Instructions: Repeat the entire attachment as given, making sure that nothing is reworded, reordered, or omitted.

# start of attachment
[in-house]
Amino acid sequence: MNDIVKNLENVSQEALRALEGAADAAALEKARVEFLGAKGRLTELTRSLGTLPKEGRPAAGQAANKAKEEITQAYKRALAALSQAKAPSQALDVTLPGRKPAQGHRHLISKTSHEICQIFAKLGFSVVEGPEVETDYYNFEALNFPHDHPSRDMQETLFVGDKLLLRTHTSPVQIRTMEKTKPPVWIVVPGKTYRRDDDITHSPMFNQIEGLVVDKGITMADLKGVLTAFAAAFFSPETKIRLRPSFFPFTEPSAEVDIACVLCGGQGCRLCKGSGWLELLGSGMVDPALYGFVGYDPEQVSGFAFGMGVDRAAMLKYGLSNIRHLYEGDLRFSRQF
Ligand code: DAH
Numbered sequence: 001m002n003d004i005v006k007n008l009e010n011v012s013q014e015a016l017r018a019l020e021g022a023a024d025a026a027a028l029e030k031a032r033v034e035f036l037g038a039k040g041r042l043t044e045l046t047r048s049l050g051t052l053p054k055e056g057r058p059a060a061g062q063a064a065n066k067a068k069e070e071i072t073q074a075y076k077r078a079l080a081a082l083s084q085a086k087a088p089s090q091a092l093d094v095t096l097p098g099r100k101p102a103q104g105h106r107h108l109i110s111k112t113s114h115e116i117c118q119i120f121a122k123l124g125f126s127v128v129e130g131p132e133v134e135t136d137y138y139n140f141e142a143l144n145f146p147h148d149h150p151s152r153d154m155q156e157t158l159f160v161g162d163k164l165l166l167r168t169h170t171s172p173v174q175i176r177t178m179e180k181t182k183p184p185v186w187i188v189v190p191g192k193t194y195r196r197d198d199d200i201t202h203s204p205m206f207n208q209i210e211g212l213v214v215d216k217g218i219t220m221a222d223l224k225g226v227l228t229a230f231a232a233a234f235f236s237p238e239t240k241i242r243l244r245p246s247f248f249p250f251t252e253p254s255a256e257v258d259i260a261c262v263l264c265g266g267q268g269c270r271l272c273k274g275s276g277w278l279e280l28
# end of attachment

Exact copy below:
[in-house]
Amino acid sequence: MNDIVKNLENVSQEALRALEGAADAAALEKARVEFLGAKGRLTELTRSLGTLPKEGRPAAGQAANKAKEEITQAYKRALAALSQAKAPSQALDVTLPGRKPAQGHRHLISKTSHEICQIFAKLGFSVVEGPEVETDYYNFEALNFPHDHPSRDMQETLFVGDKLLLRTHTSPVQIRTMEKTKPPVWIVVPGKTYRRDDDITHSPMFNQIEGLVVDKGITMADLKGVLTAFAAAFFSPETKIRLRPSFFPFTEPSAEVDIACVLCGGQGCRLCKGSGWLELLGSGMVDPALYGFVGYDPEQVSGFAFGMGVDRAAMLKYGLSNIRHLYEGDLRFSRQF
Ligand code: DAH
Numbered sequence: 001m002n003d004i005v006k007n008l009e010n011v012s013q014e015a016l017r018a019l020e021g022a023a024d025a026a027a028l029e030k031a032r033v034e035f036l037g038a039k040g041r042l043t044e045l046t047r048s049l050g051t052l053p054k055e056g057r058p059a060a061g062q063a064a065n066k067a068k069e070e071i072t073q074a075y076k077r078a079l080a081a082l083s084q085a086k087a088p089s090q091a092l093d094v095t096l097p098g099r100k101p102a103q104g105h106r107h108l109i110s111k112t113s114h115e116i117c118q119i120f121a122k123l124g125f126s127v128v129e130g131p132e133v134e135t136d137y138y139n140f141e142a143l144n145f146p147h148d149h150p151s152r153d154m155q156e157t158l159f160v161g162d163k164l165l166l167r168t169h170t171s172p173v174q175i176r177t178m179e180k181t182k183p184p185v186w187i188v189v190p191g192k193t194y195r196r197d198d199d200i201t202h203s204p205m206f207n208q209i210e211g212l213v214v215d216k217g218i219t220m221a222d223l224k225g226v227l228t229a230f231a232a233a234f235f236s237p238e239t240k241i242r243l244r245p246s247f248f249p250f251t252e253p254s255a256e257v258d259i260a261c262v263l264c265g266g267q268g269c270r271l272c273k274g275s276g277w278l279e280l28